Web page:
Scared. Utterly terrified. That is the only way I can describe how I felt when I was told my father was going to die. I was eight years old when my father was diagnosed with cancer. That was November 18th, 2002. A few weeks passed and everyone held their breath. On December 16th we were told the cancer was terminal. The carcinoma had metastasized and had already spread throughout his whole body. The doctors did not expect him to make it through the week. “It is time to say goodbye”, they said.
At eight years old, my father was my world. Days began with the argument of putting sugar in Wheaties, and ended playing catch in the kitchen with a foam ball and a strainer. But in just three months my whole life was turned upside down. Things changed so fast. It wasn’t long before his coughing got worse and his skin got paler. He had his bad days and his good days but soon it seemed the bad were more frequent than the good. We could have a day of movie watching and laughter, and the next he could be comatose or worse – delusional.
It was just barely a week before Christmas; the holiday season was in full bloom. He promised he would make it through the holidays. It was a time for family, a time for love. For our family it was also a time filled with sadness. My father grew more and more ill every day, but he remained adamant that we would not lose him during the holidays. While medicated and barely lucid, my father kept his promise. February 9th, 2003 at 5:15am, on his recliner in the living room, my father died.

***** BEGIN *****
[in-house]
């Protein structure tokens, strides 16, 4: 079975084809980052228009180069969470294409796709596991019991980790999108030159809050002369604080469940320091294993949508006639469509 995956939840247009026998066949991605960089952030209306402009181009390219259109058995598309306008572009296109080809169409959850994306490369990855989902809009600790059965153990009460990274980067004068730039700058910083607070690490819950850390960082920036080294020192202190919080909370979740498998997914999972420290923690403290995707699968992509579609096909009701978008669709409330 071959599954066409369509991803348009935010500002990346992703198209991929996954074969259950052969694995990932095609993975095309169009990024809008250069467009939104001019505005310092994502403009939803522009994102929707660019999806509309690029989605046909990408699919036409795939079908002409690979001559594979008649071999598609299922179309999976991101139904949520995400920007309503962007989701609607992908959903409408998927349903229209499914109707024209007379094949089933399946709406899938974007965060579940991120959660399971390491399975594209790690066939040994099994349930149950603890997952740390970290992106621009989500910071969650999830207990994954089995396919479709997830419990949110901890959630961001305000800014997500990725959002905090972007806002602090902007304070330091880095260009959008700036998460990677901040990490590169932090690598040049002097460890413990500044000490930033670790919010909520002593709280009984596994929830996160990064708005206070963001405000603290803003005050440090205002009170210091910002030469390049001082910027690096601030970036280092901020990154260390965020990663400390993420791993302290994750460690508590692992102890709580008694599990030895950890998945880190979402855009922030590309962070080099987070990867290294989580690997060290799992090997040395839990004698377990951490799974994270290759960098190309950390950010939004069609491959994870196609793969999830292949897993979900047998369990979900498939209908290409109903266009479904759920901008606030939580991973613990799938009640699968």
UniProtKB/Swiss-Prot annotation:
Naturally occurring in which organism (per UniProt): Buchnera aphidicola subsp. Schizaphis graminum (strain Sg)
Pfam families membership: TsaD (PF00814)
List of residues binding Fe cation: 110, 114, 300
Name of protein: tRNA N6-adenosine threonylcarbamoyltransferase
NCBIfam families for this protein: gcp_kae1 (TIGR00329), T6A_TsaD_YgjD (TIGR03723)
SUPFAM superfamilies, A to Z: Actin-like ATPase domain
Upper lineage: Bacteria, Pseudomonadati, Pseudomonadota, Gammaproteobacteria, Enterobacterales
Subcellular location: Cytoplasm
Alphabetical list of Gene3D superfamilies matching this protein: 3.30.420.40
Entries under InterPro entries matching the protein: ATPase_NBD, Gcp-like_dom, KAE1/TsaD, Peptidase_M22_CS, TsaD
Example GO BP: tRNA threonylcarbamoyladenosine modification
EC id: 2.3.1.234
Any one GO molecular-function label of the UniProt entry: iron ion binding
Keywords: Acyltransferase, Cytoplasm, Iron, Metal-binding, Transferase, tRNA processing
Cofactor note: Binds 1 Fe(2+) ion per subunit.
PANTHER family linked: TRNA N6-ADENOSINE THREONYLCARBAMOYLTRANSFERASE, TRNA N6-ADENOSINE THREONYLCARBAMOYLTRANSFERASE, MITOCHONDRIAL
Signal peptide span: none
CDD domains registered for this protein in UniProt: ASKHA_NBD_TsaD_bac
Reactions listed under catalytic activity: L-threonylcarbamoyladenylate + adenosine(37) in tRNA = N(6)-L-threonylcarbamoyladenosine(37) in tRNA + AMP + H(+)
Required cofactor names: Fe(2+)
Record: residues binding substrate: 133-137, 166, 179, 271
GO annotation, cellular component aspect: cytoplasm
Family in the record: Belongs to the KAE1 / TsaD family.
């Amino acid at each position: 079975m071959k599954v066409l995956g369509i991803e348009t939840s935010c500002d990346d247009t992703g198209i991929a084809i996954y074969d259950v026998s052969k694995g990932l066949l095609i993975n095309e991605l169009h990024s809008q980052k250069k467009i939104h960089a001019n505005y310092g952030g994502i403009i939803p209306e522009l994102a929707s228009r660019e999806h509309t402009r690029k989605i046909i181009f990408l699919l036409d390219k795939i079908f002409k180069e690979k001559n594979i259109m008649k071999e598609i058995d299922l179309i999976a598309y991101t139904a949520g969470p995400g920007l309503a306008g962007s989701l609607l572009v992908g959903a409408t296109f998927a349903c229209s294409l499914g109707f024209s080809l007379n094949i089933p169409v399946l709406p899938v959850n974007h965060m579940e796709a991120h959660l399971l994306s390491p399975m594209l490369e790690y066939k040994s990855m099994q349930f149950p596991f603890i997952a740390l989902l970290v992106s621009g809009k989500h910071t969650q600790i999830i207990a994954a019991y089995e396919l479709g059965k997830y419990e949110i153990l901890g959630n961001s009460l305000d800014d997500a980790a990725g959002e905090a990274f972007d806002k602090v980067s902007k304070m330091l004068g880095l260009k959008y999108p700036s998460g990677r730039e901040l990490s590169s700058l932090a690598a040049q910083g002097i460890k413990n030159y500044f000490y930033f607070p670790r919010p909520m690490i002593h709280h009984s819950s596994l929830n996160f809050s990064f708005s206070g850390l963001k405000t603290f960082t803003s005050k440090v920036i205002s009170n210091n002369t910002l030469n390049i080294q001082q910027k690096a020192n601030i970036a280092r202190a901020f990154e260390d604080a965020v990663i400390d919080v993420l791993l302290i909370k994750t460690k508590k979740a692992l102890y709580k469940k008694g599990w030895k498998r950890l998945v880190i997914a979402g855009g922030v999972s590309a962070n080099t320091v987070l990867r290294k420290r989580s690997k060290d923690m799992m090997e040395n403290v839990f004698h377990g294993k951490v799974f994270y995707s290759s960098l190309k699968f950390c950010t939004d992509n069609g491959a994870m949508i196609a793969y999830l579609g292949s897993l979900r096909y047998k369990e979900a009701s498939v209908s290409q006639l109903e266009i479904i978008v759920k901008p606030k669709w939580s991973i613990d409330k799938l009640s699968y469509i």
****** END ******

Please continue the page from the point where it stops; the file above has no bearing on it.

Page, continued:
Contrary to my original belief, his death did not cause the world to stop spinning. If anything, it made it spin faster. My older brothers were adults and out on their own. Suddenly the home we were living in was far too big for just my mom and her two young girls. That summer we moved to a new house. Things kept changing, but even through the changes, things spinning out of my control, I was still okay.
Now, nearly ten years later, life is still spinning. My mother remarried a few years ago, my sister has moved out, and I graduate from high school in less than four months. If there is one thing I have learned in my eighteen years, it is that even when life is hard, you get stronger with each passing day. My mother is my greatest example of this. She is an inspiration to me every day. Knowing that she could survive losing her best friend, the love of her life, and still go on, has taught me to believe that the tough times are there to show you, and others, just how strong you really are.